Table 4

Subgroup comparisons of the KDQOL-36

 

KDQOL-36™ subscales (Mean, SD)

 

Symptoms/problems list

Burden of kidney disease

Effects of kidney disease

PCS

MCS

Age

     

 Age ≤ 45 (n = 46)

73.95 (15.19)

36.55 (24.26)

55.97 (20.61)

36.52 (7.45)

46.35 (9.82)

 Age = 46-59 (n = 36)

73.90 (15.92)

31.60 (34.00)

52.59 (20.28)

37.81 (7.81)

45.66 (10.08)

 Age ≥ 60 (n = 21)

75.34 (14.82)

27.98 (19.53)

55.93 (19.25)

34.72 (8.62)

49.84 (9.11)

P value

0.071

0.341

0.724

0.356

0.275

Gender

     

 Female (n = 46)

72.89 (15.51)

27.04 (21.65)

53.63 (18.09)

36.15 (7.96)

47.26 (9.42)

 Male (n = 57)

75.29 (15.07)

37.94 (23.65)

55.71 (21.69)

36.97 (7.77)

46.46 (10.18)

P value

0.431

0.018*

0.604

0.600

0.683

Working status

     

 Working (n = 41)

77.08 (15.36)

55.14 (21.78)

38.72 (24.81)

38.81 (7.95)

45.28 (9.95)

 Not working (n = 62)

72.32 (14.98)

54.55 (19.08)

29.33 (21.67)

35.14 (7.45)

47.84 (9.66)

P value

0.121

0.884

0.045

0.019*

0.196

Health insurance

     

 Government paid (n = 73)

74.95 (15.76)

55.25 (19.42)

34.16 (22.29)

36.42 (8.13)

48.33 (9.66)

 Self-paid (n = 30)

72.44 (13.97)

53.65 (21.97)

30.42 (25.83)

37.06 (7.13)

43.15 (3.92)

P value

0.452

0.715

0.462

0.709

0.014*

Presence of Complications

     

 Yes (n = 56)

72.79 (15.42)

52.27 (18.51)

29.91 (20.04)

35.22 (7.16)

45.76 (9.72)

 No (n = 40)

75.30 (15.44)

57.30 (21.18)

36.72 (27.31)

38.90 (7.45)

47.92 (10.11)

P value

0.434

0.219

0.185

0.017*

0.294

History of hospitalization

     

 Yes (n = 34)

75.54 (13.93)

25.92 (20.65)

53.56 (18.76)

34.80 (7.60)

46.11 (10.37)

 No (n = 69)

73.56 (15.90)

36.59 (23.88)

55.38 (20.83)

37.49 (7.84)

47.17 (9.58)

P value

0.539

0.028*

0.667

0.101

0.607

Disease stages

     

 CKD 1–4 (n = 27)

77.10 (14.50)

30.79 (24.75)

55.52 (24.11)

36.71 (8.88)

43.08 (10.38)

 PD (n = 27)

69.75 (14.26)

26.39 (18.62)

48.96 (16.22)

33.46 (5.70)

44.84 (7.65)

 HD (n = 49)

75.09 (14.50)

38.01 (24.13)

57.58 (19.32)

38.27 (7.84)

49.97 (9.70)

P value

0.179

0.096

0.198

0.036*

0.006*

Dialysis duration

     

 ≥60 months (n = 24)

68.06 (15.49)

35.16 (21.87)

54.22 (17.63)

33.99 (8.48)

49.22 (9.99)

 <60 months (n = 52)

75.56 (13.60)

33.29 (23.54)

54.66 (19.24)

37.76 (6.73)

47.66 (9.03)

P value

0.036*

0.744

0.926

0.040*

0.501

*P < 0.05. Note: There were missing data for “Presence of Complications”, resulting in the number of patients being less than the total sample size. For “Dialysis duration”, there were 27 CKD patients were not receiving dialysis; the data were drawn from 76 dialysis patients.

Reliability estimate

With regard to internal consistency, the Cronbach’s alpha coefficient for the subscales ranged from 0.69 to 0.78. The subscale for PCS marginally met the recommended criterion for internal reliability. With regard to test-retest reliability, the ICCs ranged from 0.70 to 0.86 for the subscale scores. For details, refer to Table 5.
Table 5

Reliability of the KDQOL-36 subscales

Scales (No. of items)

Cronbach’s α (n = 103)

ICC (n = 28)

Symptoms/problems list (12)

0.78

0.84

Burden of kidney disease (4)

0.76

0.86

Effects of kidney disease (8)

0.77

0.85

Physical Composite Score (6)

0.69

0.70

Mental Composite Score (6)

0.72

0.81

Discussion

Mandarin Chinese is spoken by around 850 million people in China, Taiwan, and Southeast Asia, as well as in the US, Canada, New Zealand, Peru, and South Africa [50]. This study is the first validation study of the KDQOL-36™ questionnaire to have been conducted in China. It has demonstrated that the Mandarin Chinese version of the scale is linguistically and culturally relevant to Chinese CKD patients. The ceiling and floor effects were less than 20%, suggesting that the instrument can capture the full range of potential responses in CKD population [51].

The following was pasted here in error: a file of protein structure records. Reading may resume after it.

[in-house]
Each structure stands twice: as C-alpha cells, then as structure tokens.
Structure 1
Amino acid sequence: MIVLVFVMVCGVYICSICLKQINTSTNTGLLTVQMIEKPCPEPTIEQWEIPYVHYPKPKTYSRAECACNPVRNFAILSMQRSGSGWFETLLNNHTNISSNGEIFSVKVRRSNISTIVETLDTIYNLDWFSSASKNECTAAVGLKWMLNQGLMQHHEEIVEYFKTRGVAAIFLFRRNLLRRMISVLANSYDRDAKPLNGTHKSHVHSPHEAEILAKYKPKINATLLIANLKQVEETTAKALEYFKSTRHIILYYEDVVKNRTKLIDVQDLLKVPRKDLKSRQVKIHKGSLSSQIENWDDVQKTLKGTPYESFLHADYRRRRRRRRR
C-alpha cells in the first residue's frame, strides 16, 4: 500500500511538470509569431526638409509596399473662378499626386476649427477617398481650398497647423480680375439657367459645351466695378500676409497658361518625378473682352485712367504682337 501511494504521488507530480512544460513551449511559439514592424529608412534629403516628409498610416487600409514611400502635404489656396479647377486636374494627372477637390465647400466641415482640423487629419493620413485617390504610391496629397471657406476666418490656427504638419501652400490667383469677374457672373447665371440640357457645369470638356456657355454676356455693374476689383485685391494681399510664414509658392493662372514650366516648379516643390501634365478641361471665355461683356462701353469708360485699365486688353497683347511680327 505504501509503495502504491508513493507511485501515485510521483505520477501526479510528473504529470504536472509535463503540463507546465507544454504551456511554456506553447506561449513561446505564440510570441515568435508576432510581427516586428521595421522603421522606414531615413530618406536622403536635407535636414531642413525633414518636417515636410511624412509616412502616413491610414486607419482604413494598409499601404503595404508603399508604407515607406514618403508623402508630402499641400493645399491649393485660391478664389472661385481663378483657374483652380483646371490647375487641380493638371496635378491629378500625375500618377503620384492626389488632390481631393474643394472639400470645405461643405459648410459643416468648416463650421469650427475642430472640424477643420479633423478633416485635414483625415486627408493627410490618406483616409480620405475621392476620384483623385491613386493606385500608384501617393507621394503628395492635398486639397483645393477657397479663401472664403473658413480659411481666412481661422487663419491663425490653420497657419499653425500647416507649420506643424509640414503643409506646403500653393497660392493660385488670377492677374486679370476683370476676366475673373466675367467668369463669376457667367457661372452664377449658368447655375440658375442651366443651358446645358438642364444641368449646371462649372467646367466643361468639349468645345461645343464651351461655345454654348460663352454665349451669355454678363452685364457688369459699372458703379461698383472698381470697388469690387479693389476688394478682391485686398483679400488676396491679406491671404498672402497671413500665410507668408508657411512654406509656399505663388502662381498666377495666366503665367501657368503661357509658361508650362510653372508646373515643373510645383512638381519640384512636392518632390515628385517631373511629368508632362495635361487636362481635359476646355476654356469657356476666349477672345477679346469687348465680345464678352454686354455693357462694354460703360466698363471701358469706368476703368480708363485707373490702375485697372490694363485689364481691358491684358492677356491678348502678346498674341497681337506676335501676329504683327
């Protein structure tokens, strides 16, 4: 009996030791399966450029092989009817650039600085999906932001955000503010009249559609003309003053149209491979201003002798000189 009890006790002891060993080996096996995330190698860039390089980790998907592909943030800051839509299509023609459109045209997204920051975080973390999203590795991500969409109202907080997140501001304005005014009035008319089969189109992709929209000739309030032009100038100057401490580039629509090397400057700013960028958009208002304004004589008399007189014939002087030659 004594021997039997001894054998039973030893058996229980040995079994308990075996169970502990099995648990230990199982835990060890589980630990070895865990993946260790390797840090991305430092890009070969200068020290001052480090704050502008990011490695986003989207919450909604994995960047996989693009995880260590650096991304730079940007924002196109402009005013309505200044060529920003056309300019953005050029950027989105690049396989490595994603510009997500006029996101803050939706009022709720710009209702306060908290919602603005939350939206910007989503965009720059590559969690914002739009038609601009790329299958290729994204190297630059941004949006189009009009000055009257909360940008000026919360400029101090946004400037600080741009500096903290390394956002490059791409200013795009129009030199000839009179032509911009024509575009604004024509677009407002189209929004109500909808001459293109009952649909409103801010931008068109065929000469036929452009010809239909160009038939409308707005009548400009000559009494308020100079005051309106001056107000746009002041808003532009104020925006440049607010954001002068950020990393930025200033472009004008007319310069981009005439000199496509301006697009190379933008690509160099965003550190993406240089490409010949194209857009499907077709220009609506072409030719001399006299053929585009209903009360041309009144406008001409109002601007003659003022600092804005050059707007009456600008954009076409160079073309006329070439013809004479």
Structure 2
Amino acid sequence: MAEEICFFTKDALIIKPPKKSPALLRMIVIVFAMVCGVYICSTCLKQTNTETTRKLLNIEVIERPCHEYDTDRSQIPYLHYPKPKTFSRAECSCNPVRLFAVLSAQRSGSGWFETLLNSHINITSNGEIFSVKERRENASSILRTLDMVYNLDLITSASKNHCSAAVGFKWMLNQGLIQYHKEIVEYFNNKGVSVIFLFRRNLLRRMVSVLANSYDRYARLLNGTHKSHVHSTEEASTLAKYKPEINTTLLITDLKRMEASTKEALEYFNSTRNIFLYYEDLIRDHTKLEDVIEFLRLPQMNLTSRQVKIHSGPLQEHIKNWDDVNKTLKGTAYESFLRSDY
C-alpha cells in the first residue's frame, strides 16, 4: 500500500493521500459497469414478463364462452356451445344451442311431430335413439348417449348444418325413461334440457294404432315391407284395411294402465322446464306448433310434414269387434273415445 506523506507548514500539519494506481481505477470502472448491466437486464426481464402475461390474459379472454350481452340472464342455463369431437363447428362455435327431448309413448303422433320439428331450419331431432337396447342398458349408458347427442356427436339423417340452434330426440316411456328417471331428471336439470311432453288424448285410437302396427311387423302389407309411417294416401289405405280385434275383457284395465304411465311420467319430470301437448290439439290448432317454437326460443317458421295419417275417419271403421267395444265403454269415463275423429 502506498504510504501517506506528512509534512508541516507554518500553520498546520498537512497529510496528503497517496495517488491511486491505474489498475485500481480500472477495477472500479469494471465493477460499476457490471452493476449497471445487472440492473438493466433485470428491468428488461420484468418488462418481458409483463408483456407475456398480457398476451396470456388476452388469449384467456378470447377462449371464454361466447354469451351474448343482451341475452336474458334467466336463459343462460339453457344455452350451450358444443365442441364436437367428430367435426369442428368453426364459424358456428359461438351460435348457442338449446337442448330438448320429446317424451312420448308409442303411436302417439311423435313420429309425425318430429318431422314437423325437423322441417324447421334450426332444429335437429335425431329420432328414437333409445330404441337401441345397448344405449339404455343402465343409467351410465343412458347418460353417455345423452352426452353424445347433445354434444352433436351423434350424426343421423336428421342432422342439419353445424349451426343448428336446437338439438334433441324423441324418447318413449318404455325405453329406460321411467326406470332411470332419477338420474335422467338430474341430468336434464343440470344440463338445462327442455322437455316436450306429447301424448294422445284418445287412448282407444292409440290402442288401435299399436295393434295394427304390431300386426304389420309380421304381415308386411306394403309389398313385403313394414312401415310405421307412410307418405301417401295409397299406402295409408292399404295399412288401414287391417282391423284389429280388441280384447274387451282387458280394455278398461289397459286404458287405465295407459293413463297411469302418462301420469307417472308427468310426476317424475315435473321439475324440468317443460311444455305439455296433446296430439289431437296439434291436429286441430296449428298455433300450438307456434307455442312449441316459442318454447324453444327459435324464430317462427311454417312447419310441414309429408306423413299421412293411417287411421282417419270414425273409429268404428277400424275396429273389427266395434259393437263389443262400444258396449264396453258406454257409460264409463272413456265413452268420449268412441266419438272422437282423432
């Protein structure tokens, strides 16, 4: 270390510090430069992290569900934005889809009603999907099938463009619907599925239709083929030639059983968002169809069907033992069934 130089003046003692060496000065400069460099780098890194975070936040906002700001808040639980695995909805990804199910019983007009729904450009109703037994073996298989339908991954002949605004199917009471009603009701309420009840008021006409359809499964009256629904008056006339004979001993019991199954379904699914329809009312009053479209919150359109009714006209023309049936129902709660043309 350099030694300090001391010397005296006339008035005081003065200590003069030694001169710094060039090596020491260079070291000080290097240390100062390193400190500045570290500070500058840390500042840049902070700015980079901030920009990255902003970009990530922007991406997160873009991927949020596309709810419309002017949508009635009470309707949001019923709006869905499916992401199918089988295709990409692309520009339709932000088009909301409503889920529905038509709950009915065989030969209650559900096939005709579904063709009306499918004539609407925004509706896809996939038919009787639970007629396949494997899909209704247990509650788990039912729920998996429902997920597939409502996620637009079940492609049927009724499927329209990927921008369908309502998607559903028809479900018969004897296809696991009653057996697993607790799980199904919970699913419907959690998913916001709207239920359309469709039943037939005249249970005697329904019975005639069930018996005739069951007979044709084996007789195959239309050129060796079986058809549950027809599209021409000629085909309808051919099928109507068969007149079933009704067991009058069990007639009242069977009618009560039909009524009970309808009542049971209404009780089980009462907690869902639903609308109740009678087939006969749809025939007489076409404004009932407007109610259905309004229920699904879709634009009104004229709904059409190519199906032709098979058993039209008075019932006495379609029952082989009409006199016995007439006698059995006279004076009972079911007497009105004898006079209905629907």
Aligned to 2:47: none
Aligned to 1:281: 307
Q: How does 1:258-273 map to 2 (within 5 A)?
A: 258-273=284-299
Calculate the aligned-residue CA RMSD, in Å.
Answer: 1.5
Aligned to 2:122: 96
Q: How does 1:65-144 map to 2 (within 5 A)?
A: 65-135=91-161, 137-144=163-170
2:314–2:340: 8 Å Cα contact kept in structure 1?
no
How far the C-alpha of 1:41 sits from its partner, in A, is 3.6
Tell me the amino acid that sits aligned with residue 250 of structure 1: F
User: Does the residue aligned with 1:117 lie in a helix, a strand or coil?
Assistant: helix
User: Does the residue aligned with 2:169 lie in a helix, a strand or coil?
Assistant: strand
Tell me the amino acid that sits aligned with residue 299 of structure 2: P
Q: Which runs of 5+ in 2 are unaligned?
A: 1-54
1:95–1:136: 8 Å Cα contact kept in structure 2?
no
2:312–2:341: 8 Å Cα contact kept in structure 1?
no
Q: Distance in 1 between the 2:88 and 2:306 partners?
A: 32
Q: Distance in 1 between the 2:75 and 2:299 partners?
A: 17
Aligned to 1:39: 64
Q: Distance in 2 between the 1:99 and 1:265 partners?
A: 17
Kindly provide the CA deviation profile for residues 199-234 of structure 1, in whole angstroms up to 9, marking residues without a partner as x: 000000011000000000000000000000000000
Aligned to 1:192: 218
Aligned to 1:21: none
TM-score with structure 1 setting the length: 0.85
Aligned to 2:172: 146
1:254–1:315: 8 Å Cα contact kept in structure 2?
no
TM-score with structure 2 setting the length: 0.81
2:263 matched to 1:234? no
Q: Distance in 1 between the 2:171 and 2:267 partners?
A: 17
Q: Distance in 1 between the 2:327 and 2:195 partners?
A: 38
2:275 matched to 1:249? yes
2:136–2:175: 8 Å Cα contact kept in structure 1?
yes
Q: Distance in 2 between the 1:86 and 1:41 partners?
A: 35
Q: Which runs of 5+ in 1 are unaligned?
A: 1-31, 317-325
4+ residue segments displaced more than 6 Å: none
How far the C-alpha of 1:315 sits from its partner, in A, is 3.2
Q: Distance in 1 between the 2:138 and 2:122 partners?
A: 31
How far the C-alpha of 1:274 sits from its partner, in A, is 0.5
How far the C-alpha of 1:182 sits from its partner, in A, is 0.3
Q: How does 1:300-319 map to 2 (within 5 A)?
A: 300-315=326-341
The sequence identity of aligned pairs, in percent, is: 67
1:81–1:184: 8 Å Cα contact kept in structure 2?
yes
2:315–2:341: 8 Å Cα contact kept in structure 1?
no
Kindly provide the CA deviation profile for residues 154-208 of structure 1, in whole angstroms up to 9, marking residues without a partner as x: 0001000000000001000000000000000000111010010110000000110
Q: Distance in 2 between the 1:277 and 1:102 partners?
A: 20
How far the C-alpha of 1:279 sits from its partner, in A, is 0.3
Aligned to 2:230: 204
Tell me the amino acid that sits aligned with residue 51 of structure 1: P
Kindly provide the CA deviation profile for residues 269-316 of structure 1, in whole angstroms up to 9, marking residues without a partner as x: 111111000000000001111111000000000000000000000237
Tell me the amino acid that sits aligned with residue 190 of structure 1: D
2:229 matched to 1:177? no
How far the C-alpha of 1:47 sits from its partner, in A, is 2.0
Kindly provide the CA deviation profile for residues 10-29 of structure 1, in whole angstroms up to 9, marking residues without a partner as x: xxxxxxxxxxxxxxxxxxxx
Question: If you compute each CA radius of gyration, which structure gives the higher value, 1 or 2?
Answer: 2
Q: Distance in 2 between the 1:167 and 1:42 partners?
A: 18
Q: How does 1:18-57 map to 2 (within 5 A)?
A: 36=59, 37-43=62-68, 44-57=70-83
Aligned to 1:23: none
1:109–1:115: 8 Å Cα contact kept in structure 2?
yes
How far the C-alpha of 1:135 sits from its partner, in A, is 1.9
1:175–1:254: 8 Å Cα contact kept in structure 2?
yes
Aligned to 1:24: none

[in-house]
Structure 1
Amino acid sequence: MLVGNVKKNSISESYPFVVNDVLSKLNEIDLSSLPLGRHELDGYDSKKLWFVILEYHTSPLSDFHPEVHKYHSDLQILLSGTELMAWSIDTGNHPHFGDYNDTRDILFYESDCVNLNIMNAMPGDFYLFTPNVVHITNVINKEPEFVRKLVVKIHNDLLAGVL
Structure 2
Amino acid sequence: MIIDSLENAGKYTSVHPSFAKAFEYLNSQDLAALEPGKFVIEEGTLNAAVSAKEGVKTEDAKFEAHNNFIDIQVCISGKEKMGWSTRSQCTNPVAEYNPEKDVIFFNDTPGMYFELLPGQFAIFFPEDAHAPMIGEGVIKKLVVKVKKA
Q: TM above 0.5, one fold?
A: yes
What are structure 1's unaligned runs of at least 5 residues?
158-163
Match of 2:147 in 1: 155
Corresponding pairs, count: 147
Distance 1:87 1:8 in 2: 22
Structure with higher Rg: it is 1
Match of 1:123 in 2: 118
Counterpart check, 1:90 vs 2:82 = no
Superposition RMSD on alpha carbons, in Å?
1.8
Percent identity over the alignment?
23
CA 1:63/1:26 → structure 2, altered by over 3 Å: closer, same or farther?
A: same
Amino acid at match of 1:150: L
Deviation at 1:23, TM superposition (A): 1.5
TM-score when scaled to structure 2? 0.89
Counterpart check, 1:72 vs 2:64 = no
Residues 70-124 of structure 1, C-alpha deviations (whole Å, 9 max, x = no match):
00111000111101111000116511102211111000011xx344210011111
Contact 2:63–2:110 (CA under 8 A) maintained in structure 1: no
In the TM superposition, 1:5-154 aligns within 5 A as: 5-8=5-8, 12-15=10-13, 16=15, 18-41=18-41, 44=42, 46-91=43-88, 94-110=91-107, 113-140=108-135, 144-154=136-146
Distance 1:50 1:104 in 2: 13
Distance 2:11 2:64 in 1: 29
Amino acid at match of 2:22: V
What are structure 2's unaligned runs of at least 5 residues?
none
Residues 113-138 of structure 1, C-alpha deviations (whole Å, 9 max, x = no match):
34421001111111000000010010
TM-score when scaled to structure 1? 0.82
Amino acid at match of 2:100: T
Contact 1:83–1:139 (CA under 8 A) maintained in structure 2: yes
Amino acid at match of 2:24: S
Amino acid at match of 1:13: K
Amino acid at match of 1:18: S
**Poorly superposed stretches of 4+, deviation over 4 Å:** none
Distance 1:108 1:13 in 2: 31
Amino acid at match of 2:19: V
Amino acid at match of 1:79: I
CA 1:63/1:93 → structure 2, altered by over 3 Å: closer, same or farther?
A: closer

Lynn [52] recommended that if five or fewer experts give a rating, the I-CVI must be 1.0. An S-CVI of 0.8 or higher is considered acceptable [32]. Both the I-CVI and S-CVI were 1.0. The results indicated that all items of the Mandarin Chinese version of KDQOL-36 were considered to be appropriate and relevant, giving evidence of the excellent content validity. During the content validity process, ‘walking’ and ‘playing Tai Chi’ were used in place of the problematic examples. Similar amendments were reported for different versions of the KDQOL-36™, such as the Korean [53], Filipino [45], Portuguese [54], and Egyptian [55] versions.

The convergent validity of the KDQOL-36™ was supported by the hypothesis that those patients who experienced better quality of life had a higher overall health rating. The overall health rating reflects the individual’s feelings and provides an estimate of the subjective perception of one’s health status [33]. Substantial correlations were observed between overall health and the subscales for Symptoms and problems, Burden of kidney disease, and PCS (P < 0.01), confirming that the KDQOL-36™ and the overall physical health rating are conceptually related. These results are consistent with studies that have validated versions of the KDQOL™ instrument in other languages, such as the Korean [53], Singaporean [56], Greek [57] and Iranian [51] versions. It was noted that the non-substantial correlation between the MCS score and the overall health score could be related to how an individual perceived his/her overall health. Previous studies have suggested that amongst the general adult population, the overall health rating principally reflects the physical dimension of health [58]. Moreover, there was a non-substantial correlation between the Effects of kidney disease and the overall health rating. As ESRD patients were getting used to the idea that they would need life-long treatment [26], living on dialysis had become their ‘normal way of being’ [59]. To help them to increase their confidence in maintaining their health, some patients even considered dialysis to be a ‘part-time job’ [5]. On the other hand, patients who were receiving dialysis could not avoid fluid or dietary restrictions even if their condition had improved. Therefore, changes in the patients’ perception of their overall health might not have a direct or strong relationship with the Effects of kidney disease, which is consistent with our results.